By Danielle Boxall, media campaign manager
Head to your local tonight, and you might see something strange: solicitors drinking and celebrating. Now, that might be because England thrashed Germany 2-0.
More likely, it’s because they are having their first night off since this time last year, when chancellor Rishi Sunak announced the slashing of stamp duty to kickstart the housing market. The temporary cut on properties up to £500,000 ended today, after months of solicitors reportedly working long into the night to complete transactions before the deadline. Tomorrow the stamp duty threshold falls to £250,000, before returning to its pre-covid level of £125,000 in September.
It’s pretty clear the cut has had an incredible effect on the housing market, despite the potential impact of the covid restrictions. At a time when family finances have been stretched, removal men have to wear masks and housewarming parties are strictly off limits, the housing market has in fact come out swinging. While we don’t have precise figures yet, stamp duty receipts for May were about £652m - or a whopping 81 per cent higher than the same time last year. With the deadline looming, the market seemingly went gangbusters.
But when the celebrations end and those solicitors return to their desks, attention will turn to the potentially thousands of homebuyers still waiting to move. Many hopeful movers will be left disappointed today. The temporary cut created an artificial boom, and its end will feel extremely unfair to the hard-working taxpayers who may only miss it by a few weeks or even just a day or two. Tax cuts like this can change people’s lives, and shouldn’t be abandoned lightly. As anyone who’s been through it will tell you, the only thing more stressful than actually buying is when the sale falls through at the last moment. But that’s what may happen, especially to buyers on stretched budgets who were counting on this tax break to upgrade to their first family home.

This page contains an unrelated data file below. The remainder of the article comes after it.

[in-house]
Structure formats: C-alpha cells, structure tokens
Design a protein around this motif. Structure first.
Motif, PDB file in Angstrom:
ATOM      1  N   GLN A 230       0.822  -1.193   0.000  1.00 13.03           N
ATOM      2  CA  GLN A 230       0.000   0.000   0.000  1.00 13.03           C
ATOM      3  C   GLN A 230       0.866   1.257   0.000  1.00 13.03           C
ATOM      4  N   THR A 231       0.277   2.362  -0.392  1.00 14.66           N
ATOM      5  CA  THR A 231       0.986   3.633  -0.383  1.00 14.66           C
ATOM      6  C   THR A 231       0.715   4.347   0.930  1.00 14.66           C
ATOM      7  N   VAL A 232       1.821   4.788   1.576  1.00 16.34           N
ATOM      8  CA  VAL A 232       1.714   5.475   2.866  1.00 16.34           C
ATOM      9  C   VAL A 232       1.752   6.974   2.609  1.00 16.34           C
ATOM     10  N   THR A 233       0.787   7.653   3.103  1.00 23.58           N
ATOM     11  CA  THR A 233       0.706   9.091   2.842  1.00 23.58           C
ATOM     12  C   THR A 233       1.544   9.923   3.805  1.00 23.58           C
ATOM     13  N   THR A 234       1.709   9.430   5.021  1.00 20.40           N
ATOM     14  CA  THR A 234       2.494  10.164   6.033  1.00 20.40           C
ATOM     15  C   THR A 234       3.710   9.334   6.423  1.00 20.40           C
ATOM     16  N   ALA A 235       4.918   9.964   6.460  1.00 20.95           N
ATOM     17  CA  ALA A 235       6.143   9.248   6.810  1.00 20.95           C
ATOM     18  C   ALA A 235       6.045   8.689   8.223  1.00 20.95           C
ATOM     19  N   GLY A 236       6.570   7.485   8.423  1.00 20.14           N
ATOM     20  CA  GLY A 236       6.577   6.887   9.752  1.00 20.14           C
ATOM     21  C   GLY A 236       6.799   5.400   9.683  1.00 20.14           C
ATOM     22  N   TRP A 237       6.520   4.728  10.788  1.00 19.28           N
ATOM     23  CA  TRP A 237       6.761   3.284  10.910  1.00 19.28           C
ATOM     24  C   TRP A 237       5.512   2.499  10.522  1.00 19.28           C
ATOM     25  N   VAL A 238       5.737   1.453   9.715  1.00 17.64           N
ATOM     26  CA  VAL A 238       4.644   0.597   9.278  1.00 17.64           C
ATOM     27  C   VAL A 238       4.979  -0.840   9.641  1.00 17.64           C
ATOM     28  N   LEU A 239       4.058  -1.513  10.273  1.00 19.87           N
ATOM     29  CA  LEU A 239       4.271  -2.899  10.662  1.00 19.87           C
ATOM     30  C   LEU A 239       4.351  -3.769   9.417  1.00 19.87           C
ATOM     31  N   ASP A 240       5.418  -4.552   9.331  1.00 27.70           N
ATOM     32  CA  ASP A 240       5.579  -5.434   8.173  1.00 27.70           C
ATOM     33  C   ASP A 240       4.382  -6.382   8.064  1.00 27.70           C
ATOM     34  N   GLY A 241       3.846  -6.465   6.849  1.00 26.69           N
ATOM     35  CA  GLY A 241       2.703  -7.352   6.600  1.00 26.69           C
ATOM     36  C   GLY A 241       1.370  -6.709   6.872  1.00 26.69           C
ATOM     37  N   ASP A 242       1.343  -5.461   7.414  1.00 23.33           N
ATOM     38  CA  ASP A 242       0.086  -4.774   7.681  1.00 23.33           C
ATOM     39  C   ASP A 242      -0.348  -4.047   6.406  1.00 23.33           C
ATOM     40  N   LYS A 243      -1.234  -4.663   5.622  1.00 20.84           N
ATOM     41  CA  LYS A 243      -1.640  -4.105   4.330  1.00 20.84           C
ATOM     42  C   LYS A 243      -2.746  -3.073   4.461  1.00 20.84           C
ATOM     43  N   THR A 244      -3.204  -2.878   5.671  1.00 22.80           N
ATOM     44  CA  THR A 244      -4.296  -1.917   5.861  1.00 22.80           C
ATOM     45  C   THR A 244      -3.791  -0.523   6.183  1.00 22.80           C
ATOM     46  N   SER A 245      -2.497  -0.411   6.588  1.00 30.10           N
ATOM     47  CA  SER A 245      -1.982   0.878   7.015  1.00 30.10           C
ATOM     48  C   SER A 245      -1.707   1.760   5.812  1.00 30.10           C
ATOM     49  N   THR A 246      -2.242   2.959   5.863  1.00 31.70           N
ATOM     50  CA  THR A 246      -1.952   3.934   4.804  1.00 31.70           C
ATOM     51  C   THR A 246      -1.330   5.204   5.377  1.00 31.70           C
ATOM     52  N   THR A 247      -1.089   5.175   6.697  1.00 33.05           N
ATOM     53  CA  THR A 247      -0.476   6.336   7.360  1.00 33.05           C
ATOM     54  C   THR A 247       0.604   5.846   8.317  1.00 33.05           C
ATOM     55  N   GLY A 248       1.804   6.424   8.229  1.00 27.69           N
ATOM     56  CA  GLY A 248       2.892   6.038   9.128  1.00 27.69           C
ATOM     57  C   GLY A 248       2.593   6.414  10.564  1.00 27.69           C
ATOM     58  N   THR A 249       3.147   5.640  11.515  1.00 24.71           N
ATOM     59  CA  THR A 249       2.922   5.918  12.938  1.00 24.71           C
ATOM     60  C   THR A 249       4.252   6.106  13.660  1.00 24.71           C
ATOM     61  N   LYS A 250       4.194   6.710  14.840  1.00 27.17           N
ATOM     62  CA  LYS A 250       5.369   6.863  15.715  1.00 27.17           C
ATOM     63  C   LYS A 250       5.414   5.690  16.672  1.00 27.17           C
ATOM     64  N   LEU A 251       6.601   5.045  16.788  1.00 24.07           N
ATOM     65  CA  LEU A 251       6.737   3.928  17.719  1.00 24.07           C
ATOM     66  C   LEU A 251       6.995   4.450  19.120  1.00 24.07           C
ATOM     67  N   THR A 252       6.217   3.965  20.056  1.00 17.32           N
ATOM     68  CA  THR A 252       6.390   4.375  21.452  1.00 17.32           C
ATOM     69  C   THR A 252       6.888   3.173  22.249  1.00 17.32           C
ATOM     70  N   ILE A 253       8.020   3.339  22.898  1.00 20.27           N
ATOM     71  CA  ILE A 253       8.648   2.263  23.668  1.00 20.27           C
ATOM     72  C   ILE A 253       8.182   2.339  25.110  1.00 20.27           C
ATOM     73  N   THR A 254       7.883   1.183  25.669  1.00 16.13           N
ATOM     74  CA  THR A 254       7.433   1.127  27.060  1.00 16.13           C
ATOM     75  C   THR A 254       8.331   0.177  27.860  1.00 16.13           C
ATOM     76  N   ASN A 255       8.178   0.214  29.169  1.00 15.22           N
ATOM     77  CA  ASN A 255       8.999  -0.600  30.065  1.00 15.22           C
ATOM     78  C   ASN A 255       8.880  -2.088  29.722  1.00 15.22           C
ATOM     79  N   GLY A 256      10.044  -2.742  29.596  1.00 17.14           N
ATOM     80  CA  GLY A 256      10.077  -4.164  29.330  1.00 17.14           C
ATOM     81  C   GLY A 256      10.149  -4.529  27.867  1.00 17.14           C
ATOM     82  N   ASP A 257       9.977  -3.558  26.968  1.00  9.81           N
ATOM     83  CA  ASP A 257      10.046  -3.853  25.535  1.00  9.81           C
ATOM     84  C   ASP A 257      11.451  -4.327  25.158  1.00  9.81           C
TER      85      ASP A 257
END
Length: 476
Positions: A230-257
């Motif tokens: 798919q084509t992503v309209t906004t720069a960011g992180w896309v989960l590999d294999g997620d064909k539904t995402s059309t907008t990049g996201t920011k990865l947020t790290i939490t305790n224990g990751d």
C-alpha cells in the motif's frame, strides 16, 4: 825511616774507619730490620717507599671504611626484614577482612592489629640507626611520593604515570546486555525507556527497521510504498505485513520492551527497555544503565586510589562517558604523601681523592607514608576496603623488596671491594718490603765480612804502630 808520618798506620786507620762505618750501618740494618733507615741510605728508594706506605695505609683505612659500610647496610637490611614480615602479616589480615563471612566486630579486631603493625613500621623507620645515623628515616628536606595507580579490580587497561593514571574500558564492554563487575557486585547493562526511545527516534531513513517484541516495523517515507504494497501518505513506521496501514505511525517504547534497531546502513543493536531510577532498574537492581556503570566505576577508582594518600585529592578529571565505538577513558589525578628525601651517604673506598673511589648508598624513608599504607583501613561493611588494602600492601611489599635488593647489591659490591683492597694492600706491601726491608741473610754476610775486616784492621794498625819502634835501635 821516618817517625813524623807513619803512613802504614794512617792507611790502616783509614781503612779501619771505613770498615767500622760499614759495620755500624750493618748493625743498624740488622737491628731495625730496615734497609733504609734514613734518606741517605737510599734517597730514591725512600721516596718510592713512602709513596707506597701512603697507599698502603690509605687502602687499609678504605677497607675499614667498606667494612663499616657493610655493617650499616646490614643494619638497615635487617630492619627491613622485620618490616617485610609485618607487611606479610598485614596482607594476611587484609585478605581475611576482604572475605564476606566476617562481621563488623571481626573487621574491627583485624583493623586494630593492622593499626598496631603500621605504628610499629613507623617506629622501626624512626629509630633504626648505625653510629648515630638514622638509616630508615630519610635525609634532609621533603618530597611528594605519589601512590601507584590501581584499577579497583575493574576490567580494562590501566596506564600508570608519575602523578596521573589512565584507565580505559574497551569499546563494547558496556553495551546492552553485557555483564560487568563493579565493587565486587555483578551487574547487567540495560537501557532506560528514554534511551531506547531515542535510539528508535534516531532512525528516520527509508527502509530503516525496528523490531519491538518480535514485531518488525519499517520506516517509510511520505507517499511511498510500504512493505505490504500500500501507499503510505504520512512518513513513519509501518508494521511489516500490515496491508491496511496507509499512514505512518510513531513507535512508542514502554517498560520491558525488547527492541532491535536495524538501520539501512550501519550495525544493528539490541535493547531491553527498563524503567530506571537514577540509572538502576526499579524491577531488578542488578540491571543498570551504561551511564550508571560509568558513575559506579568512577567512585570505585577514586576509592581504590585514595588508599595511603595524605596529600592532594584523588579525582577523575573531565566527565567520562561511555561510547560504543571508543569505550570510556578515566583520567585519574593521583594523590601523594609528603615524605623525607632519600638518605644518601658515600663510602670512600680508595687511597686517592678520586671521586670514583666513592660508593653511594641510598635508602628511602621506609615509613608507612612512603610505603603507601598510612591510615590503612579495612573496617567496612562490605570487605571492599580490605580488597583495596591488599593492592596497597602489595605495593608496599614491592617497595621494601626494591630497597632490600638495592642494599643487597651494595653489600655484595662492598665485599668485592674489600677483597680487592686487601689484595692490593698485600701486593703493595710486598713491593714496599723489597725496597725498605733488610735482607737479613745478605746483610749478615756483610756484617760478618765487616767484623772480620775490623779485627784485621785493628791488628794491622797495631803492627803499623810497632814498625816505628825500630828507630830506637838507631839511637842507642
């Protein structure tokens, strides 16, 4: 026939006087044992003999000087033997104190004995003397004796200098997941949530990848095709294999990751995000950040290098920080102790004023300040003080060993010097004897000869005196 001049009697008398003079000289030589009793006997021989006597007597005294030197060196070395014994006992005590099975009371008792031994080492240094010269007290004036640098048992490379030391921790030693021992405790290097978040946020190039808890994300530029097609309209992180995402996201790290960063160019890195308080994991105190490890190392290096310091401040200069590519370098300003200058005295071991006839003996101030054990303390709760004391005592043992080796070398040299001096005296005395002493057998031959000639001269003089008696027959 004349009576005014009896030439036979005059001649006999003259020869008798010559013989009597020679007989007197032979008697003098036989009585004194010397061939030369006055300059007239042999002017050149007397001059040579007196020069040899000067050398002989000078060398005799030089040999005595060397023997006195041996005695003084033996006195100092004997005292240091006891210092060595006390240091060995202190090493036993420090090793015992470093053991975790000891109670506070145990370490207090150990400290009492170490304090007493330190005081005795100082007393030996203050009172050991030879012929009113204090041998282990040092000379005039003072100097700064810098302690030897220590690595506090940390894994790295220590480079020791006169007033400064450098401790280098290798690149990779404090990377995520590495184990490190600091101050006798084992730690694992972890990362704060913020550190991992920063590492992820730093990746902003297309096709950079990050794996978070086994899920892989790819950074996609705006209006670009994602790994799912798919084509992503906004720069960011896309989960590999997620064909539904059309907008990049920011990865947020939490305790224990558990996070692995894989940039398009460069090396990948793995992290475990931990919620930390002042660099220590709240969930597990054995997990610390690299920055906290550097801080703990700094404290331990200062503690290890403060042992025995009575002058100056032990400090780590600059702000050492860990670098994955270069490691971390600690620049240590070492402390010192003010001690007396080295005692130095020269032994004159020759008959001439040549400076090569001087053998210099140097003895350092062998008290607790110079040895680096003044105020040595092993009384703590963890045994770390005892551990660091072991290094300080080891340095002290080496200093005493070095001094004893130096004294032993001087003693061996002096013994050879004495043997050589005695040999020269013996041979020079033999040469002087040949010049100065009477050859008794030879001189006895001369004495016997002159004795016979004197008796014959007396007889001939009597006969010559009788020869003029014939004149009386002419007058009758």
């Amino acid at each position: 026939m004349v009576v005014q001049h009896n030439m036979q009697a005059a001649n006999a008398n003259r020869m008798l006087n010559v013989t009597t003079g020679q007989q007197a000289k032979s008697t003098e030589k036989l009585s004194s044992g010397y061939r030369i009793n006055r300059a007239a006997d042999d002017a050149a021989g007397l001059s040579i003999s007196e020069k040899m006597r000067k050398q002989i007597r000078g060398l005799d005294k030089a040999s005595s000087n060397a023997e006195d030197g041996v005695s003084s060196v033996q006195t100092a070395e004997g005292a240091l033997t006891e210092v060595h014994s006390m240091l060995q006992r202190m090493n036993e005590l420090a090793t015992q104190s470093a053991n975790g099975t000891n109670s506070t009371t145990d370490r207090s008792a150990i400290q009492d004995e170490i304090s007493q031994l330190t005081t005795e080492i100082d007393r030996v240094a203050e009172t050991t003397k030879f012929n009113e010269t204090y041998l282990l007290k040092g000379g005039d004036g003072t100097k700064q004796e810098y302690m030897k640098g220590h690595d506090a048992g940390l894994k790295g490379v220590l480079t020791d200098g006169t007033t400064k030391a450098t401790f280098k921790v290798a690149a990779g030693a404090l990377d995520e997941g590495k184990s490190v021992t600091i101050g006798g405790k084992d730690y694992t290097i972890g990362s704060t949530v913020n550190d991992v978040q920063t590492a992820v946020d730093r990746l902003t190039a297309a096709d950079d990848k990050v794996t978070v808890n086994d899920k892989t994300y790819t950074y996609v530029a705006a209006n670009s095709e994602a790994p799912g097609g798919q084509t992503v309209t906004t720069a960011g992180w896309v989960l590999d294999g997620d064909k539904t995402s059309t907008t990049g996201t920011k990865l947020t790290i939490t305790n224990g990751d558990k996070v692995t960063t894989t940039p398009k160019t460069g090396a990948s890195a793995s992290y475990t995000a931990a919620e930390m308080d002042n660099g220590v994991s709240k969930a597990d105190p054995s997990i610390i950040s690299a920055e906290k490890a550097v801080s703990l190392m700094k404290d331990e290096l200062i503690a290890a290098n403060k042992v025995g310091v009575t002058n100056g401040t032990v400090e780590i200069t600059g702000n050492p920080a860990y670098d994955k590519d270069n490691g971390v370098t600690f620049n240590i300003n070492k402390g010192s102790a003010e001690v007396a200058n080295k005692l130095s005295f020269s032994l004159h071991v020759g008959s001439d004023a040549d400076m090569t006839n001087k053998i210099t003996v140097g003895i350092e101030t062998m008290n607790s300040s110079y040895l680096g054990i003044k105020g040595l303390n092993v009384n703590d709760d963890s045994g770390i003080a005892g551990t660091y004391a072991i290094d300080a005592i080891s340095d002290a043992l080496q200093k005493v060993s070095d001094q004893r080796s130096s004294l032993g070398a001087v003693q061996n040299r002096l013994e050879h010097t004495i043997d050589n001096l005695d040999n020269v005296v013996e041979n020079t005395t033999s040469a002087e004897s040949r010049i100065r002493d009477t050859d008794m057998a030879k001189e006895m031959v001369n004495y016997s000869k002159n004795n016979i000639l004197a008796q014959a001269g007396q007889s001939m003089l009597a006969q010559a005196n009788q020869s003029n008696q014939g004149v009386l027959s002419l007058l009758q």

Thankfully, there’s an easy solution. It’s not another temporary cut - the housing market needs to normalise, not be pumped up by endless short term boosts. The solution is to make the stamp duty cut permanent.
The TaxPayers’ Alliance previously worked out that shifting the threshold to £500,000 would have resulted in an estimated 216,000 more transactions in 2019, equivalent to a 27 per cent increase on transactions worth over £125,000. Some of that would have been a one-off effect of a cut, like the one we had, but the higher threshold would permanently increase transaction numbers by 132,000 a year, or a 17 per cent increase. To put that in perspective, that’s about the same as the total number of dwellings in Nottingham!
The savings don’t just enable more people to move. The extra up to £15,000 movers will have could be put straight back into the economy, through reworking bathrooms and kitchens, landscaping gardens, or simply buying new furniture. There’s a huge array of jobs and businesses that rely on a bustling housing market - the painting and decorating industry alone is worth £4 billion.
The scale of these benefits shows that the chancellor would be crazy to stop at a temporary cut. Raising the threshold further, for example by ensuring that only millionaires paid, could do even more. Preferably, just abolishing the tax completely would build in huge benefits for homebuyers, productivity and the economy as a whole. In simple terms, it would be a game changer for Britain’s gummed up housing market, preventing thousands of buyers from being shut out. Never mind just solicitors - that would be something we could all celebrate.